This editorial ticked a pet peeve of mine: making comments on the pope’s hat and home: “But the mood music is altogether different and not just because of his personal charm and the decision to eschew all the fancy ecclesiastical haberdashery and grand palaces”.
At root of this distrust of papal hats is the heresy of dualism. The physical world isn’t seen as connected to the spiritual, and the particular heresy in this article has a gnostic bent because it sees hats (which are part of the world) as as bad.
The Catholic lens for seeing these things is that external clothes indicate a spiritual truth. For instance, the Papal Triple Crown (last worn in 1963):
Rather than a sign of papal opulence, the crown shows how the pope (like all the baptised) partakes of Christ’s triple role of Priest, Prophet, and King. Historically it was particularly important in showing those with only one crown (Kings) that they didn’t have authority over the Church. At various points in history, States regularly attempt to dictate to the Church what she should believe or who should be in charge of her. Even today China suppresses the Church by choosing Bishops instead of the Pope. If Pope Francis met President Xi Jinping wearing the Triple Crown, perhaps it might influence China to restore freedom to the Church because China would see outwardly how important it is to us inwardly.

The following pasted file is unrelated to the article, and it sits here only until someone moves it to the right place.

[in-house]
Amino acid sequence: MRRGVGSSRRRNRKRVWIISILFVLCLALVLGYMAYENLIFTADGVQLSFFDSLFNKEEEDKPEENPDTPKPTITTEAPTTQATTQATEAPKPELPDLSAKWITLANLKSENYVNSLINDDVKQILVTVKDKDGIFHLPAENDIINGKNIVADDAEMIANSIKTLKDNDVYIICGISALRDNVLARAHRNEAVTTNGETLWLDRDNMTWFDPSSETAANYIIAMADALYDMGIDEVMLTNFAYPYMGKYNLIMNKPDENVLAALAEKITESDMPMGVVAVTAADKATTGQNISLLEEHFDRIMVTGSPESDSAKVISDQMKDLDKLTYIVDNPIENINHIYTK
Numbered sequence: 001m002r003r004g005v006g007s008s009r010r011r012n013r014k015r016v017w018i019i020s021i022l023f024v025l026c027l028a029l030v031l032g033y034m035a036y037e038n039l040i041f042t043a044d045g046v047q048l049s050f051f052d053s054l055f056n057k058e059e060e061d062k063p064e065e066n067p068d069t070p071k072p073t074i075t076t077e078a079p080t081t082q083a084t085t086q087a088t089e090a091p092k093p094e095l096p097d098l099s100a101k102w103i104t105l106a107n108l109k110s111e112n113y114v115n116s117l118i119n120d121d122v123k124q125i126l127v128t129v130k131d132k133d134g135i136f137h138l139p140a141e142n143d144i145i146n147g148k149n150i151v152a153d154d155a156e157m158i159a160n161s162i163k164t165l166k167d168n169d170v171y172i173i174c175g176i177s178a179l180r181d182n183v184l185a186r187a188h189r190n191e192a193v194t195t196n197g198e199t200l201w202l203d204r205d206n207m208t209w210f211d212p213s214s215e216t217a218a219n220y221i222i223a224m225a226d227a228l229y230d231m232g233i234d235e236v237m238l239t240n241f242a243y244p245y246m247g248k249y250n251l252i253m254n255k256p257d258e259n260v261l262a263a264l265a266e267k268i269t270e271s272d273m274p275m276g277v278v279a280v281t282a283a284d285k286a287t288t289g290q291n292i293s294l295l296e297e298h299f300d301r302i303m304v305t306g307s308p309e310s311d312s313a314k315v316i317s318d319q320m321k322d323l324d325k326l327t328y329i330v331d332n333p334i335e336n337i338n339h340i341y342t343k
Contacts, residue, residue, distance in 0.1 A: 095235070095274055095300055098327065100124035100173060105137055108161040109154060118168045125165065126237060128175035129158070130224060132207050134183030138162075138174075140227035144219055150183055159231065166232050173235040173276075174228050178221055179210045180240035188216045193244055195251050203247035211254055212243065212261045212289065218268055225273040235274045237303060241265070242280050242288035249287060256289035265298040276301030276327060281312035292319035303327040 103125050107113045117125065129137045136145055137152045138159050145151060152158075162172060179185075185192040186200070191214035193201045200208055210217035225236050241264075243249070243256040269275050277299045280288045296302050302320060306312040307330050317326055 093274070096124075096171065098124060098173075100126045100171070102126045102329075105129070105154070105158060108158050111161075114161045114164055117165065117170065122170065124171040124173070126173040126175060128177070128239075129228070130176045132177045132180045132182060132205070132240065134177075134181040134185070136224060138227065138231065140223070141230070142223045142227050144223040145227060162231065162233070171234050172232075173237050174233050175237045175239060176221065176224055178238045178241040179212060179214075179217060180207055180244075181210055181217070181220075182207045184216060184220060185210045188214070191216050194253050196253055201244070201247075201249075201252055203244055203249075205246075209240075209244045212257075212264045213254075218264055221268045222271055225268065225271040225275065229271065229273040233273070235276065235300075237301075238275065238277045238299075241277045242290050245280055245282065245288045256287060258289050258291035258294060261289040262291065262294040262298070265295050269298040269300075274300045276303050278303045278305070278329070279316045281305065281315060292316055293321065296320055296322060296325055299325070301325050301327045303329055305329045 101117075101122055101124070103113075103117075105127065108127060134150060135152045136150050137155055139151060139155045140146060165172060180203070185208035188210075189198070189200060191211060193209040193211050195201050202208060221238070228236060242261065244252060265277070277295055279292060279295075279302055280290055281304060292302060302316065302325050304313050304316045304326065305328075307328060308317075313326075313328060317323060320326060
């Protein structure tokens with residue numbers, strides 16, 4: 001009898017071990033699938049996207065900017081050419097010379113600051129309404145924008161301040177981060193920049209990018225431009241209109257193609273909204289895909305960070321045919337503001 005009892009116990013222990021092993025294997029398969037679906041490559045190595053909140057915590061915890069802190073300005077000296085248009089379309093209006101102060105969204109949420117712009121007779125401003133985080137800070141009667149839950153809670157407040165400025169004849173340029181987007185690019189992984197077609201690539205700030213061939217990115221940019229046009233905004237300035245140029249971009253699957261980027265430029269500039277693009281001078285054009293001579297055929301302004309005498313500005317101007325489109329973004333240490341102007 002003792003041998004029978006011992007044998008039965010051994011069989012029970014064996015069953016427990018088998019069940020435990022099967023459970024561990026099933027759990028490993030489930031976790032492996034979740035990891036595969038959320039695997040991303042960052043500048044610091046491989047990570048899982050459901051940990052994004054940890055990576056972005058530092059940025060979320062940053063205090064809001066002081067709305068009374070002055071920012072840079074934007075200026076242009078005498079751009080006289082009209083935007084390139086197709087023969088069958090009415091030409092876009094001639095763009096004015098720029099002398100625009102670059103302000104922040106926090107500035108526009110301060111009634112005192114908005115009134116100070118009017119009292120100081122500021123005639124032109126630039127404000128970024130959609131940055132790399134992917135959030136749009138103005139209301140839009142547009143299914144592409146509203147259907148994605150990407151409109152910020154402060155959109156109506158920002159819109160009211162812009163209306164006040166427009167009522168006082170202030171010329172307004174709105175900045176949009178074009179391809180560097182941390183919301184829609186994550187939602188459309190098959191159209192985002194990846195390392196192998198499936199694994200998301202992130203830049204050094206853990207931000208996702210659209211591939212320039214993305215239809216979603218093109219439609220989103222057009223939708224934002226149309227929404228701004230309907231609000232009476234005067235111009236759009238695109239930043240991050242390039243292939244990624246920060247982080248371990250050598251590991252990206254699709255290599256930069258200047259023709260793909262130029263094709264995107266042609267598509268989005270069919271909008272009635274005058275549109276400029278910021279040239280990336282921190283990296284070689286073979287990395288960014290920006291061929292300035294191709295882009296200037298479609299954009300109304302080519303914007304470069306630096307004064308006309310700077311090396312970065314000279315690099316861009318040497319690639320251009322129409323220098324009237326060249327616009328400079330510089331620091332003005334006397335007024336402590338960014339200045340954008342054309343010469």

The pope’s miter also has spiritual significance:
It is a sign of his office of Bishop, and these outward signs are much like how Prince Harry has a hat and clothes to denote his office in the military:
Using clothes to denote who we are internally has been studied extensively by sociologists. The seminal work was The Presentation of Self in Everyday Life by Erving Goffman. We all use aspects of our clothing to tell our life story because we are all human: our souls and bodies together make up who we are. This aspect of ourselves is what makes it easy to tell a hipster from a jock, or a cowboy from a gangster. In our daily life, we don’t live as dualists, so it seems foolish to me that a writer would expect a Pope to live up to a heresy any more non-Catholics live up to a heresy. The “haberdashery” is an indicator of who the pope is. Any change is not superfluous or merely external, but an indicator of his nature.
Because the popes nature has been transformed by his ordination to be the very vicar of Christ, he deserves (by his nature, not necessarily by his actions) the best we can offer. If he chooses anything less than that, it indicates personal humility. If he chooses to accept our best (and maybe wears that triple crown again!), it indicates to us the change in nature he has undergone. Either way it is a teaching moment to us.